For high school juniors, college might seem like a long way off. Yet with early admissions programs continuing to report record applications (with due dates as early as November 1st of senior year), the timeline for students to begin evaluating colleges is creeping earlier into junior year. While students can visit colleges in the summer, it is not an ideal time as there are few students on campus and classes are not always in session, making it difficult to get an accurate feel for the campus. That leaves school vacations in February, March and April as priority times for visiting. And before families can schedule visits, they need a plan. That is why January is the best time for students to develop an initial college list.
The College List: A Prerequisite to College Visits While there are many factors to consider in creating a college list, here are five points to contemplate so you can establish criteria for your college search:
1. Academic Environment: Students should think about how they learn best. One way to get at this is to think about favorite teachers and what it is about their style that worked particularly well for you. Students can make a list of their most important academic experiences during high school, including their favorite assignments, projects, courses and units of study to identify clues. This can include learning experiences outside of school.
2. Social and Cultural Environment: What do you enjoy about your high school and the community in which you live? What would you change if you could? By reflecting on current experiences, including extracurricular activities, peer groups and the importance of factors such as religious life and diversity, students can determine what kind of campus identity and culture they are seeking.
Jocie, a senior at Newton North High School, gave a lot of thought both to what she enjoyed and didn’t like about her high school experience. In high school she was actively involved with social justice and sustainability initiatives. “It was important to me to find colleges where students cared about current events, social justice issues and politics.”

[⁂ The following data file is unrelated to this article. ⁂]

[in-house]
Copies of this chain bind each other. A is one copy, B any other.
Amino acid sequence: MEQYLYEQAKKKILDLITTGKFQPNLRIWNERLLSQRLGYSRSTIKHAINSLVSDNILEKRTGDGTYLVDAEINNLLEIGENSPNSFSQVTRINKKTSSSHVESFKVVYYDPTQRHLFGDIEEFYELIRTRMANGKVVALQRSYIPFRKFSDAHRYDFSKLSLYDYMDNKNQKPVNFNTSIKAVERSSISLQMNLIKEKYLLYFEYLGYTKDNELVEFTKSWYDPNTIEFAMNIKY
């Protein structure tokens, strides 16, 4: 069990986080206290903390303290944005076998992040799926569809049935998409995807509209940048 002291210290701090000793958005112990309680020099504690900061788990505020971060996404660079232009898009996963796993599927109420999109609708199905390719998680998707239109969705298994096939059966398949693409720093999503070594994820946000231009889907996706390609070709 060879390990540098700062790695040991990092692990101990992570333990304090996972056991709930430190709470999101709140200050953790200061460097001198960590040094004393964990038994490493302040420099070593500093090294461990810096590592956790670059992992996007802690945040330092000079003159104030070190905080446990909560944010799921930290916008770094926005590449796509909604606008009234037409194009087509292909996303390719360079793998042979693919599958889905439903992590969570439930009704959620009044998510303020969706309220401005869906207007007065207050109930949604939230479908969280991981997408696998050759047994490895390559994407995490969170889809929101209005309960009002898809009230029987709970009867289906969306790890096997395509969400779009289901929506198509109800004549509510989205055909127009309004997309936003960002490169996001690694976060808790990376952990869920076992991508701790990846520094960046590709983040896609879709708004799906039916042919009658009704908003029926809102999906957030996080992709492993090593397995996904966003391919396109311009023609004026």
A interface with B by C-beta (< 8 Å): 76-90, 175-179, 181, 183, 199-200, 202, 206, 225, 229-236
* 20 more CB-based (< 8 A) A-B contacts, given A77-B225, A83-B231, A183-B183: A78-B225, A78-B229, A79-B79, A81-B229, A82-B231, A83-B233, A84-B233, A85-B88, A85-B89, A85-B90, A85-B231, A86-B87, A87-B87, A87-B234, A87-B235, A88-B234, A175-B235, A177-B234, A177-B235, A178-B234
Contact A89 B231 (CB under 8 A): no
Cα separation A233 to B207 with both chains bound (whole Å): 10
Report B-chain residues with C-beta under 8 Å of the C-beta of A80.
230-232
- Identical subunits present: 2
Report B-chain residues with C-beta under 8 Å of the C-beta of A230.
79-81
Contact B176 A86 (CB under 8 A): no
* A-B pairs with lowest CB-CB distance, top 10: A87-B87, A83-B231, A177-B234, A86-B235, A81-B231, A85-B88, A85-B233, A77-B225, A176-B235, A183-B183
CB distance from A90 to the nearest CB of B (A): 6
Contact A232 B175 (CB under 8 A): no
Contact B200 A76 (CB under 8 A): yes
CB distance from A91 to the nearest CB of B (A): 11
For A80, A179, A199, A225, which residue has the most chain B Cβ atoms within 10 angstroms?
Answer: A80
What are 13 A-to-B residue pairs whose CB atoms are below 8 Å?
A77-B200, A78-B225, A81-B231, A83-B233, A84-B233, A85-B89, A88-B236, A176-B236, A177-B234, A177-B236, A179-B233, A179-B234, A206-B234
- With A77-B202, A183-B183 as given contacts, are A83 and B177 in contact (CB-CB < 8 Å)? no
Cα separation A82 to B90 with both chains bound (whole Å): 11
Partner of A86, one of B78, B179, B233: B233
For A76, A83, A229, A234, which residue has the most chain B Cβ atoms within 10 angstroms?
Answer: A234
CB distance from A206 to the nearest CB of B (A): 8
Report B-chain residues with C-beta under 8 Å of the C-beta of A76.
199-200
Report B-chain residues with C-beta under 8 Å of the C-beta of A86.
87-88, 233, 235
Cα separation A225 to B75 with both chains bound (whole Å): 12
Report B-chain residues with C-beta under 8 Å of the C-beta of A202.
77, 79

3. Academic Offerings: If students have begun to think about careers and college majors, they should learn more by visiting career websites and identifying colleges that offer related programs. A good place to begin is the government site for the Bureau and Labor Statistics which offers a link to the Occupational Outlook Handbook with descriptions of a wide range of careers.
4. Paying for College: Before creating a college list, student should talk with their parents about how the family plans to pay for college and if there are financial limitations. Families can estimate if they are eligible for financial aid by using an online calculator such as the one found at www.finAid.org, a site with a myriad of information about financial aid, scholarships and other resources.
5. Admissions Selectivity: What does your transcript look like and how are you expecting to do on the SAT or ACT? Your grades, course selections and test scores factor into which colleges end up on your list. Please don’t confuse selectivity with quality. Colleges can be hard to get into, but easy to stay in, or not very hard to get into, but challenging and rewarding once on campus. Just because a college is popular among your classmates doesn’t mean it’s right for you. And remember that if you don’t fare well on standardized tests, there are many colleges with test optional policies.
High school seniors who have recently been through the process caution against being too much of a stickler about the criteria for your college search because you might end up eliminating some really great options. “Think about the factors that you need in your college, but don’t treat them as a checklist,” said Joe, a senior from Brookline. “When you learn about a college that is potentially interesting, think about all its characteristics in context. You don’t want to say, it has to be in the city and it has to be larger than 2,000 students or I won’t consider it.”